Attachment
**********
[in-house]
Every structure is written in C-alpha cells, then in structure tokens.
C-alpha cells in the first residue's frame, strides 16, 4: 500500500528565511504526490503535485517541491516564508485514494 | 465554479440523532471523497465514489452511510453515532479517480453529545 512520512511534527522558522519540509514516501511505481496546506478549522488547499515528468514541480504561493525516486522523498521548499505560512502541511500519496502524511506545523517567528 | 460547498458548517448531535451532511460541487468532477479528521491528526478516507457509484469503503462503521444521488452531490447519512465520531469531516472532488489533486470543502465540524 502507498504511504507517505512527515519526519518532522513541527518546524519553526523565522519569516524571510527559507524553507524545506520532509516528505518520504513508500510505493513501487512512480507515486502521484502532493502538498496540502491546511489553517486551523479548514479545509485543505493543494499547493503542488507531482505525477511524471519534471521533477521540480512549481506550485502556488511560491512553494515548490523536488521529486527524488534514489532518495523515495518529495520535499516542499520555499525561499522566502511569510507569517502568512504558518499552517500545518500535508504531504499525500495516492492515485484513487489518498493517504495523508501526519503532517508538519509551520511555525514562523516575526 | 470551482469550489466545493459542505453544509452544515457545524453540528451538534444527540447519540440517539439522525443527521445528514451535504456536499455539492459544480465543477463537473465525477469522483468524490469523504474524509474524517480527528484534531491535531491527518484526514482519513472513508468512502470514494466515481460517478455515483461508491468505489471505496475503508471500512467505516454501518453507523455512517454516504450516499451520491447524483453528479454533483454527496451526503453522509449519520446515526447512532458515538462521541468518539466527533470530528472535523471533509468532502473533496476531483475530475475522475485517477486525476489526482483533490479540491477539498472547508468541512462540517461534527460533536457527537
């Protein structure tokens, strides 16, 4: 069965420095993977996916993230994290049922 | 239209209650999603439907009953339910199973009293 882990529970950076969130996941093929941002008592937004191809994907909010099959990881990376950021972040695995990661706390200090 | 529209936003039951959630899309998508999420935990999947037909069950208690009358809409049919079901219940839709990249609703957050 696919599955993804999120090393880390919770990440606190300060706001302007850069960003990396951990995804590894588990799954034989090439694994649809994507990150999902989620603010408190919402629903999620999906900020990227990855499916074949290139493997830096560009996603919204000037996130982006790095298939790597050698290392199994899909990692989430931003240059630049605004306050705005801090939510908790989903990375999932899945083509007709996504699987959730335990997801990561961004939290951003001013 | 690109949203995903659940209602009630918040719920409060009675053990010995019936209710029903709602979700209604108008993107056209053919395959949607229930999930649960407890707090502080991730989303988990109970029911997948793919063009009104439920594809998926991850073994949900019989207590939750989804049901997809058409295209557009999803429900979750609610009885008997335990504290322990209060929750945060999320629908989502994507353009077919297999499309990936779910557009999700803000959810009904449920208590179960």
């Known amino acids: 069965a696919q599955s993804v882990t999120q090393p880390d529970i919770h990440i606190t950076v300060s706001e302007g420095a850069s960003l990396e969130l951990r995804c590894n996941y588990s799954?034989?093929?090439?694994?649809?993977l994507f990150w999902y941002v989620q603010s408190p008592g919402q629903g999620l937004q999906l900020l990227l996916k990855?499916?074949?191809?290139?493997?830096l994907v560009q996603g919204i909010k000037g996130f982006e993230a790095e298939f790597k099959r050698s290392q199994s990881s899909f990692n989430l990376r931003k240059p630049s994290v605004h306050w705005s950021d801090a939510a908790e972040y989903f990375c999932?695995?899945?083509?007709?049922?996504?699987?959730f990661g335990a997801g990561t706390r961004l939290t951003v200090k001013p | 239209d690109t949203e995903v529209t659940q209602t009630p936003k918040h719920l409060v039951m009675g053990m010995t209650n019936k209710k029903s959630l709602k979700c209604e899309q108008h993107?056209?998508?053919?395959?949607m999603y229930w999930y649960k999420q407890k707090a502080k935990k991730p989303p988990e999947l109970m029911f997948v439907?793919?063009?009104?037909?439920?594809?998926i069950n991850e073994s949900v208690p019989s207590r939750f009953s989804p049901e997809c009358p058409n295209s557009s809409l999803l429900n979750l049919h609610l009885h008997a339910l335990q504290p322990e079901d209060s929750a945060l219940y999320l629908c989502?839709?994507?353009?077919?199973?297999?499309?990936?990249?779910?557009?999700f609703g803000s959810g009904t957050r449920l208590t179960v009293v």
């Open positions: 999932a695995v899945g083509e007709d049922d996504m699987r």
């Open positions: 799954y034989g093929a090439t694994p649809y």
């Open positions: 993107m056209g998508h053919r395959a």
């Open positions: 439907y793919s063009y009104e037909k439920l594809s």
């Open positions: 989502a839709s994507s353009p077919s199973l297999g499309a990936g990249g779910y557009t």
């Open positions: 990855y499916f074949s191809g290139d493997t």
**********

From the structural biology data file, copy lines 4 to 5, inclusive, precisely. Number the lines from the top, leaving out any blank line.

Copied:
């Protein structure tokens, strides 16, 4: 069965420095993977996916993230994290049922 | 239209209650999603439907009953339910199973009293 882990529970950076969130996941093929941002008592937004191809994907909010099959990881990376950021972040695995990661706390200090 | 529209936003039951959630899309998508999420935990999947037909069950208690009358809409049919079901219940839709990249609703957050 696919599955993804999120090393880390919770990440606190300060706001302007850069960003990396951990995804590894588990799954034989090439694994649809994507990150999902989620603010408190919402629903999620999906900020990227990855499916074949290139493997830096560009996603919204000037996130982006790095298939790597050698290392199994899909990692989430931003240059630049605004306050705005801090939510908790989903990375999932899945083509007709996504699987959730335990997801990561961004939290951003001013 | 690109949203995903659940209602009630918040719920409060009675053990010995019936209710029903709602979700209604108008993107056209053919395959949607229930999930649960407890707090502080991730989303988990109970029911997948793919063009009104439920594809998926991850073994949900019989207590939750989804049901997809058409295209557009999803429900979750609610009885008997335990504290322990209060929750945060999320629908989502994507353009077919297999499309990936779910557009999700803000959810009904449920208590179960």
């Known amino acids: 069965a696919q599955s993804v882990t999120q090393p880390d529970i919770h990440i606190t950076v300060s706001e302007g420095a850069s960003l990396e969130l951990r995804c590894n996941y588990s799954?034989?093929?090439?694994?649809?993977l994507f990150w999902y941002v989620q603010s408190p008592g919402q629903g999620l937004q999906l900020l990227l996916k990855?499916?074949?191809?290139?493997?830096l994907v560009q996603g919204i909010k000037g996130f982006e993230a790095e298939f790597k099959r050698s290392q199994s990881s899909f990692n989430l990376r931003k240059p630049s994290v605004h306050w705005s950021d801090a939510a908790e972040y989903f990375c999932?695995?899945?083509?007709?049922?996504?699987?959730f990661g335990a997801g990561t706390r961004l939290t951003v200090k001013p | 239209d690109t949203e995903v529209t659940q209602t009630p936003k918040h719920l409060v039951m009675g053990m010995t209650n019936k209710k029903s959630l709602k979700c209604e899309q108008h993107?056209?998508?053919?395959?949607m999603y229930w999930y649960k999420q407890k707090a502080k935990k991730p989303p988990e999947l109970m029911f997948v439907?793919?063009?009104?037909?439920?594809?998926i069950n991850e073994s949900v208690p019989s207590r939750f009953s989804p049901e997809c009358p058409n295209s557009s809409l999803l429900n979750l049919h609610l009885h008997a339910l335990q504290p322990e079901d209060s929750a945060l219940y999320l629908c989502?839709?994507?353009?077919?199973?297999?499309?990936?990249?779910?557009?999700f609703g803000s959810g009904t957050r449920l208590t179960v009293v």